Published Online: July 9, 2013
Published in Print: July 10, 2013, as NCLB Renewal Bills Chart Varied Paths

Policy Brief

Dueling Visions in Congress on NCLB Renewal

Almost no one expects Congress to finish the reauthorization of the No Child Left Behind Act this year, but there has been some important—although partisan—action in both chambers over the past month on the long-overdue overhaul. The recent discussion, debate, and policy proposals give education advocates and school district officials a sense of where Congress may eventually end up when it comes to the nation's landmark education law.

In June, for example, the U.S. Senate education committee approved its version of a bill to renew the Elementary and Secondary Education Act, of which the NCLB law is the current iteration. The Senate panel's vision shares many similarities with the policies pushed by the Obama administration through its NCLB waivers to states.

The measure, written by Sen. Tom Harkin, D-Iowa, the committee's chairman, would direct nonwaiver states to submit an ambitious accountability plan to the Department of Education. It would also ask states to develop teacher-evaluation systems that take student-achievement data into account—but schools would not have to use the data for personnel decisions, only for professional development and to ensure that highly qualified teachers are equally distributed.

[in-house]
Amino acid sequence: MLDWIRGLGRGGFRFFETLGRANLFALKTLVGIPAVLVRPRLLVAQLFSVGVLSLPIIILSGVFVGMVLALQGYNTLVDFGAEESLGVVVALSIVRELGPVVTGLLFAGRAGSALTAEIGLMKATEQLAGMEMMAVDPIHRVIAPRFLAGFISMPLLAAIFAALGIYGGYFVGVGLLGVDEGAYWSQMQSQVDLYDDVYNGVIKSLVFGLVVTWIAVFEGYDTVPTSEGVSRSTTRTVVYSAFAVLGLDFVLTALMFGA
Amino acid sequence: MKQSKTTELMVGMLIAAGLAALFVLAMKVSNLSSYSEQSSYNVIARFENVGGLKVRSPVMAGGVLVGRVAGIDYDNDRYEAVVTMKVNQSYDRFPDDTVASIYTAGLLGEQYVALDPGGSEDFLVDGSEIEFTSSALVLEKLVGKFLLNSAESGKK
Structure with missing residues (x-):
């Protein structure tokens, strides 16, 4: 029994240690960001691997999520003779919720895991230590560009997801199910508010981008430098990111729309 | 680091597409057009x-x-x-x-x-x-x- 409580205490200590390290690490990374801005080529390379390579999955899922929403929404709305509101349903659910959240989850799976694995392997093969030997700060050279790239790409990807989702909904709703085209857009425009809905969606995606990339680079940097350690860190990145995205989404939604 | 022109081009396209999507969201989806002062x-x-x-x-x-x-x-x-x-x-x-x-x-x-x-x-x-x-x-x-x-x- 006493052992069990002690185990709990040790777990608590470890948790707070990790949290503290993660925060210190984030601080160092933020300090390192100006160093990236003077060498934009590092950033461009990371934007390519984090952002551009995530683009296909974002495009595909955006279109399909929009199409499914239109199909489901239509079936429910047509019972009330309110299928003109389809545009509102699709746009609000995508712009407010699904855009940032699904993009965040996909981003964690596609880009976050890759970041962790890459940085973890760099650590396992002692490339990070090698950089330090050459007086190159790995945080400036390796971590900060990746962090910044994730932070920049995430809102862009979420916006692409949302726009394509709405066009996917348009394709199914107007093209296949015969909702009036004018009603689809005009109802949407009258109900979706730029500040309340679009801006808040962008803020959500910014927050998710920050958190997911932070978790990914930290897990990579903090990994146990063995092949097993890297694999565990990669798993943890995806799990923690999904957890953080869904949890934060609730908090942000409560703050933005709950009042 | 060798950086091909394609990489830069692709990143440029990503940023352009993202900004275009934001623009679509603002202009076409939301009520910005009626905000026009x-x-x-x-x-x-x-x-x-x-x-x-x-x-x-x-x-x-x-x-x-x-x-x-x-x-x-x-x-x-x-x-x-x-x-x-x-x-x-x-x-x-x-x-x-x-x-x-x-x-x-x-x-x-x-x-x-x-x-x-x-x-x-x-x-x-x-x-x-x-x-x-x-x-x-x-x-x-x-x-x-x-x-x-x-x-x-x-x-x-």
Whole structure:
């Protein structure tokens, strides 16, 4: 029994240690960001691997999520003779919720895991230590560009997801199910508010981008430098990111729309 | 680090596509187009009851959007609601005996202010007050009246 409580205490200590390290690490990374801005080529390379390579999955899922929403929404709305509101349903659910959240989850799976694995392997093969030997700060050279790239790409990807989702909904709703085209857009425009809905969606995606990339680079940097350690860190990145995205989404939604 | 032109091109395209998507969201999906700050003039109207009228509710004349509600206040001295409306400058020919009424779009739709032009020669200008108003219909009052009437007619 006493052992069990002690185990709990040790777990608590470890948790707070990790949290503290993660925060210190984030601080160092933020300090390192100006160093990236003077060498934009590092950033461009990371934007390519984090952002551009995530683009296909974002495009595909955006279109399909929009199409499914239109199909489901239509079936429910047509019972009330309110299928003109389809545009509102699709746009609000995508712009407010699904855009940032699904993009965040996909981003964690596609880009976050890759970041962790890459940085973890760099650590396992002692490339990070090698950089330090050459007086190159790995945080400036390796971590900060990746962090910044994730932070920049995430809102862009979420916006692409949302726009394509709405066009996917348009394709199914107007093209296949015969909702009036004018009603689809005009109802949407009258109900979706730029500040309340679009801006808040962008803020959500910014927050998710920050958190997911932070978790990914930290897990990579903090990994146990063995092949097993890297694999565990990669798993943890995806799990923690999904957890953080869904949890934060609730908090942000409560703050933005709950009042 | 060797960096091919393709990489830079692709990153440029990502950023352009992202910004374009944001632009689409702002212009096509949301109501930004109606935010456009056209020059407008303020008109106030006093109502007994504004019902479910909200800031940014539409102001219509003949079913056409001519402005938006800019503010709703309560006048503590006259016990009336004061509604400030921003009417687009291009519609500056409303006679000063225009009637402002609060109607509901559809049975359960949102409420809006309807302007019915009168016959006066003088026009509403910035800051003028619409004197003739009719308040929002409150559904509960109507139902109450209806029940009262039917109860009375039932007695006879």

"This is not the heavy hand of the federal government telling you this is exactly what you have to do," Sen. Harkin said during committee consideration. "We're saying ... let's work together to make sure we have access and equity for our kids."


Meanwhile, the House Education and the Workforce Committee approved its own radically different vision for reauthorization.

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The panel's bill would largely dismantle the federal accountability requirements at the center of the NCLB law, maintaining the legislation's testing schedule, but getting rid of the federal responsibility for school improvement. And it would jettison maintenance of effort, which requires states and school districts to keep up their own spending at a certain level in order to tap federal funds.

"The legislation will reduce the federal footprint," said Rep. John Kline, R-Minn., the bill's author, during committee consideration.

The House bill which garnered only GOP support could be on the floor this month.

Vol. 32, Issue 36, Page 27

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